I’ve only just started using Family Tree Maker. I think I may have used it for a while years ago but quickly moved on to other software. Recently I bought the app for my iMac and overall the program is not bad. However, there is one feature that I love and which horrifies me in just about equal measure and that’s the ability to take information from other people’s public trees. This is very seductive and when I click the little shaking leaf on some of my ancestors I have found they also live in many other trees. Further investigations have revealed parents, siblings and whole new lines. Wonderful! One further click and I can merge that information with my own tree. However, this is only a positive addition when the source information is included and can be verified. Otherwise this is all just guesswork. If you can’t verify the information you may as well leaf through a phone book, pick out a person at random and add them to your genealogy database.
I was concerned about inaccurate information being passed on via the Internet around 8 years ago when I discovered that someone had erroneously merged two Rainbow families in Tasmania. This was included in a family tree that was posted on a geocities website and then spread around the web very quickly. I was not able to contact the author of the original tree directly but I posted the mistake to several genealogy forums and, over time, the mistake appeared less and less in other’s researchers trees.
I’m concerned that with the advent of software like FTM our mistakes will be promulgated more frequently and will be harder to rectify, such as this one that I discovered recently.
I casually began investigating my father’s maternal line and with the help of FTM was able to tap into other’s research to go back a little further. There were many trees, over a dozen, who had information about this particular ancestor, lets call her Emma. I was surprised and not a little excited to see that she had been born in a small village in France after generations of the family, both before and after Emma, all living in the same Worcestershire town in the UK. Eight family trees included the French information but with no source cited. I messaged all eight authors asking if they could give me any clue of where this exciting information had come from. I had a reply from one saying she couldn’t help because she had just ‘copied it from another tree.” My guess is that there was an original mistake and its just spread.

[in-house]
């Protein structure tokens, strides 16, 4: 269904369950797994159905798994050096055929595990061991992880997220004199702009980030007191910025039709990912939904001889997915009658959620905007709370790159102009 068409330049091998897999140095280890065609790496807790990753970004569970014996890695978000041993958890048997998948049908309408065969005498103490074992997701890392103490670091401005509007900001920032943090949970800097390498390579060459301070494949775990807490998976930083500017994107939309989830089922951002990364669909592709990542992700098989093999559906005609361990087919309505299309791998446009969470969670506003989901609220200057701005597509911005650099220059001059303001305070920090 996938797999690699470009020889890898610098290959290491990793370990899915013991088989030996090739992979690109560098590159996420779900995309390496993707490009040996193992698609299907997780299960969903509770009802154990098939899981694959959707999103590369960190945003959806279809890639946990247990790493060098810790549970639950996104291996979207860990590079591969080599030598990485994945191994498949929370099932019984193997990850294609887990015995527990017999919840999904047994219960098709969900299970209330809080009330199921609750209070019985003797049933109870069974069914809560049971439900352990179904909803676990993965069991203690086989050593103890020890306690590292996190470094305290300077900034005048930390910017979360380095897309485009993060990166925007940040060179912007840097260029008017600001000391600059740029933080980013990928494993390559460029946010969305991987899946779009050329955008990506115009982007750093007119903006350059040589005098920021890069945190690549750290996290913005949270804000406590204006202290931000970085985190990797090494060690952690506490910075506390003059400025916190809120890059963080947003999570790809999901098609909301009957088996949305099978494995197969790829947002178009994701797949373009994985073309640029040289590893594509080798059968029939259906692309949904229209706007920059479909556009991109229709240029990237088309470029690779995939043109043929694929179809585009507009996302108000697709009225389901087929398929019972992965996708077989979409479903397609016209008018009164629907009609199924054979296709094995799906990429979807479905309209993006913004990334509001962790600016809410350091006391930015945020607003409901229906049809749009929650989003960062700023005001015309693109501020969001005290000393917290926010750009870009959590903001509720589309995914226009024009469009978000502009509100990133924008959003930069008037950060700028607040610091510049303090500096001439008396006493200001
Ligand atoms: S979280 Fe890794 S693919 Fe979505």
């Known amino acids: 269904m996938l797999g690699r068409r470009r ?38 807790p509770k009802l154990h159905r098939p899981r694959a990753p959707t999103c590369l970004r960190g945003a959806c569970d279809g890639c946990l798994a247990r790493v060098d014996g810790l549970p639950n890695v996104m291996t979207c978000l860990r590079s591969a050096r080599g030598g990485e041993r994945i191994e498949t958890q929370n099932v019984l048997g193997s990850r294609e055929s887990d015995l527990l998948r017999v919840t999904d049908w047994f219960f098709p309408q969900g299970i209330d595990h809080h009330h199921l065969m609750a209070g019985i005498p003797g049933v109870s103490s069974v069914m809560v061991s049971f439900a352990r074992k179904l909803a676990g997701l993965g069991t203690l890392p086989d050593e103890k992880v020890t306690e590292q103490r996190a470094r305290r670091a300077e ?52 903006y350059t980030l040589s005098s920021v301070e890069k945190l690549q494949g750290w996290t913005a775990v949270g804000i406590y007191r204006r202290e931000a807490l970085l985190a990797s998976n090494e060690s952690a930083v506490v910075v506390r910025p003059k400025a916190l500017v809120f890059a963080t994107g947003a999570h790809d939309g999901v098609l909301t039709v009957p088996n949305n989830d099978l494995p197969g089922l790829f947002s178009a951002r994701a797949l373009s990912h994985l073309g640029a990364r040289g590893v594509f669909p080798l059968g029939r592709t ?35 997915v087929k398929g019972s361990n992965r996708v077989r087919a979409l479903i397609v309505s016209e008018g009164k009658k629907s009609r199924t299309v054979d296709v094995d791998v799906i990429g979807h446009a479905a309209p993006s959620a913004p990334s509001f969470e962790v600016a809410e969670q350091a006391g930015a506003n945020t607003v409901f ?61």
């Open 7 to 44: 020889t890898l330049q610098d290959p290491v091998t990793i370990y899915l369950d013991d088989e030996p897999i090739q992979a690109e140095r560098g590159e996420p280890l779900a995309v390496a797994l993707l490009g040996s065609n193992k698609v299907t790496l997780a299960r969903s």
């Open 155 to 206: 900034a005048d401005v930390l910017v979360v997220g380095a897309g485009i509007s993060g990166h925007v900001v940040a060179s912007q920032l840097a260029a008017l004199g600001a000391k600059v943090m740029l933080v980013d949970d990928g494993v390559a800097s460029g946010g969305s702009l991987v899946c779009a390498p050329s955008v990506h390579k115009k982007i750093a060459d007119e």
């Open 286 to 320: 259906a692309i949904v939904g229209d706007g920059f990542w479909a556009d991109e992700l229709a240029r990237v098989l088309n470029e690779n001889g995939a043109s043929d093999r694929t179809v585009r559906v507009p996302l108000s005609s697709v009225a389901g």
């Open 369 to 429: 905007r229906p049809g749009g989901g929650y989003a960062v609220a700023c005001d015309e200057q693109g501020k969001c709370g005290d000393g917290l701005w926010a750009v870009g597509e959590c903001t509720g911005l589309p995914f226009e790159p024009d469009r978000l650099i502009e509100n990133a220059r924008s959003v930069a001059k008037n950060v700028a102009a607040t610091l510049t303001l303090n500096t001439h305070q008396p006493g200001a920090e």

I love that technology has opened up so many doors to family historians and allowed us to move forward with our research in giant strides instead of what was often mind-numbing tediousness of pre-internet days.
On balance I think we’ve gained much more from sharing information than we’ve lost but I still have this nagging worry that the ease of new technology may be encouraging a new generation to believe that genealogy is all about copying information from the internet and in the near future many family trees will be a mess of guesswork and replicated errors. What do you think?